Method: Data from a Canadian multicentre controlled trial involving 968 post-treatment breast cancer patients who were randomly assigned to follow up by either their own FP or CC were used to populate a Markov model. Within the trial, patients were followed for up to 5 years during which data was collected on clinical outcomes (recurrences and deaths), utility values (from EQ5D) and patient and healthcare system costs: long term data were modelled based on extrapolation from trial data and literature review. The model estimated costs and quality adjusted life expectancy (QALE) by follow-up strategy over a twenty year period. Future costs and utilities were discounted at a rate of 5%. Monte Carlo simulation estimated the uncertainty surrounding the incremental cost effectiveness ratio (ICER). A Bayesian value of information analysis was conducted to estimate the expected value of perfect information both overall and for each of the sets of inputs to the model.
Results: The total cost of CC follow-up was CAN$16,280; whereas the cost of FP follow up was CAN$15,457. The quality adjusted life expectancy was 9.2 for both CC and FP follow up. For a value of $50 000 which is considered a common threshold for economic evaluations in Canada, the probability that family physician follow up is the most cost effective was 51% compared to 49% for CC. Based on the VOI analysis, the inputs to the model which contribute most to the uncertainty were trial utility values ($5310 per patient) and trial transition probabilities ($2098).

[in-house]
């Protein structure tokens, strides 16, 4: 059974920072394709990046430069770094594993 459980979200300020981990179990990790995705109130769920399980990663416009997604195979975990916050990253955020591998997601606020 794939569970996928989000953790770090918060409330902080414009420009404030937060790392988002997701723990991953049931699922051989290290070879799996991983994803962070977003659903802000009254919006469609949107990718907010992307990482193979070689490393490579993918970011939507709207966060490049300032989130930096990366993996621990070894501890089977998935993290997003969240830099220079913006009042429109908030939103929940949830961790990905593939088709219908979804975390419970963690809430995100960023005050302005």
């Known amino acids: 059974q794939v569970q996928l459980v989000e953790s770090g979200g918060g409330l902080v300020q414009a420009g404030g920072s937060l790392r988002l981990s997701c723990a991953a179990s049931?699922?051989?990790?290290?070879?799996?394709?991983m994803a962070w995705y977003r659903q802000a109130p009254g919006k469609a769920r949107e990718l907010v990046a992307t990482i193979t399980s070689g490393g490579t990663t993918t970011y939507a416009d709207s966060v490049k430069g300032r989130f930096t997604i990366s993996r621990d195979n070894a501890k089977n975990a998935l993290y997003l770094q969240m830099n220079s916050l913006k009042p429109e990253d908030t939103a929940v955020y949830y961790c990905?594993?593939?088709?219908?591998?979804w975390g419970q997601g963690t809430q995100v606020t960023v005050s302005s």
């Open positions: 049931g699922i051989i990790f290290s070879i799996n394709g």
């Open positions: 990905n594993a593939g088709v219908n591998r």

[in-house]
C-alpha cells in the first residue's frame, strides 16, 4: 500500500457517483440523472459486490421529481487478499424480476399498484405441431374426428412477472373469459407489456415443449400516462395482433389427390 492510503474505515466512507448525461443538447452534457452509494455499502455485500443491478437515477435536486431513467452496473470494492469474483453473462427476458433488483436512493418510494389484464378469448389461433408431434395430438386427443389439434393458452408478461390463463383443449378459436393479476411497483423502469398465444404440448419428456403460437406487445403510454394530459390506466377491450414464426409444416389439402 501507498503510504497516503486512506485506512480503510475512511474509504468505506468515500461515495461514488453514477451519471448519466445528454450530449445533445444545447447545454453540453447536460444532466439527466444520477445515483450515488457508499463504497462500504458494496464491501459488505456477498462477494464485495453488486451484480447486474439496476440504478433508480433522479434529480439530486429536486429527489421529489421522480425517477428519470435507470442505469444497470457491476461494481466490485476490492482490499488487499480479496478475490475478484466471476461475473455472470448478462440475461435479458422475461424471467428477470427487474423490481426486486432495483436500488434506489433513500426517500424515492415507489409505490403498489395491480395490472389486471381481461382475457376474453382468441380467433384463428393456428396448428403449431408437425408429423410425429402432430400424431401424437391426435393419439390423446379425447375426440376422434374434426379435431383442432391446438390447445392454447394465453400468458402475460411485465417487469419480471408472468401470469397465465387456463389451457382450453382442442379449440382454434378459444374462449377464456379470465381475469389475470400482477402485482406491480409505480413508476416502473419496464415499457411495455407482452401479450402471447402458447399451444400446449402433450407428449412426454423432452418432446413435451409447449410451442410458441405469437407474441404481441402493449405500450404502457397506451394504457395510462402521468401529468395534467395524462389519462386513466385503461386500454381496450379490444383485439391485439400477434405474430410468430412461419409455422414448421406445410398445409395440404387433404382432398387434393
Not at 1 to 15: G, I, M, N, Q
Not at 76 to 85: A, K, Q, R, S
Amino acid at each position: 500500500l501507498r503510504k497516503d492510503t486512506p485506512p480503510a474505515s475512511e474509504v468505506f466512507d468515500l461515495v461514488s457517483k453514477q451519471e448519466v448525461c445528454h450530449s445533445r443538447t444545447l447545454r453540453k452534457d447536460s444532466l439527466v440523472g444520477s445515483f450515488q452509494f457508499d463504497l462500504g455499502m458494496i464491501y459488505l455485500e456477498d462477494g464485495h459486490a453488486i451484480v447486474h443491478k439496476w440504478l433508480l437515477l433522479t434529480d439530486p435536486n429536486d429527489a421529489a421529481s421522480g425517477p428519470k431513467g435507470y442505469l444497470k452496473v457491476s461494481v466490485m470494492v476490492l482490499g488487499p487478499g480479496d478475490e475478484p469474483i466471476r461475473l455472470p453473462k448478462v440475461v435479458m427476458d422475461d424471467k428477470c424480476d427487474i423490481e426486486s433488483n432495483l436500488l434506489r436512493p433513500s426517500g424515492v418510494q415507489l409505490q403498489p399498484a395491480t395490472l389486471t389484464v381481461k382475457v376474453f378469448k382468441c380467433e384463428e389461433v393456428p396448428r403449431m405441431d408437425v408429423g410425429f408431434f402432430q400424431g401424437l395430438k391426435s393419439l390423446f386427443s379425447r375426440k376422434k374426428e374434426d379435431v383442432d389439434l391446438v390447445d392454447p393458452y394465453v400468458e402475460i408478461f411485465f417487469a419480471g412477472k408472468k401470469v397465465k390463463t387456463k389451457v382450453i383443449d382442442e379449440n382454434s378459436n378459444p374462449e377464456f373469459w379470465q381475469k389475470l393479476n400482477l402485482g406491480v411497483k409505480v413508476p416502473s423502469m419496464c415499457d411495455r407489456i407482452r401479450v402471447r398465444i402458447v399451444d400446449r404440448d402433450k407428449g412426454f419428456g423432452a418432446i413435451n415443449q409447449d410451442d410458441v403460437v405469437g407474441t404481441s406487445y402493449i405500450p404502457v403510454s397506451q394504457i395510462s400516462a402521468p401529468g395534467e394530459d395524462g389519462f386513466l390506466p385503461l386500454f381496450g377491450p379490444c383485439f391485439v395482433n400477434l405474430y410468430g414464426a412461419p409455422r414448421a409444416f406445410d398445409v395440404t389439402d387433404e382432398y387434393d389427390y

Conclusion: The randomized controlled trial found no significant differences between groups in terms of clinical outcomes and quality of life. This study demonstrated that follow up of patients who have completed adjuvant therapy for breast cancer by family physicians may be more cost effective than follow up by CC. However, given the great deal of uncertainty surrounding the ICER estimate, giving patient a choice between who should follow them up appears optimal.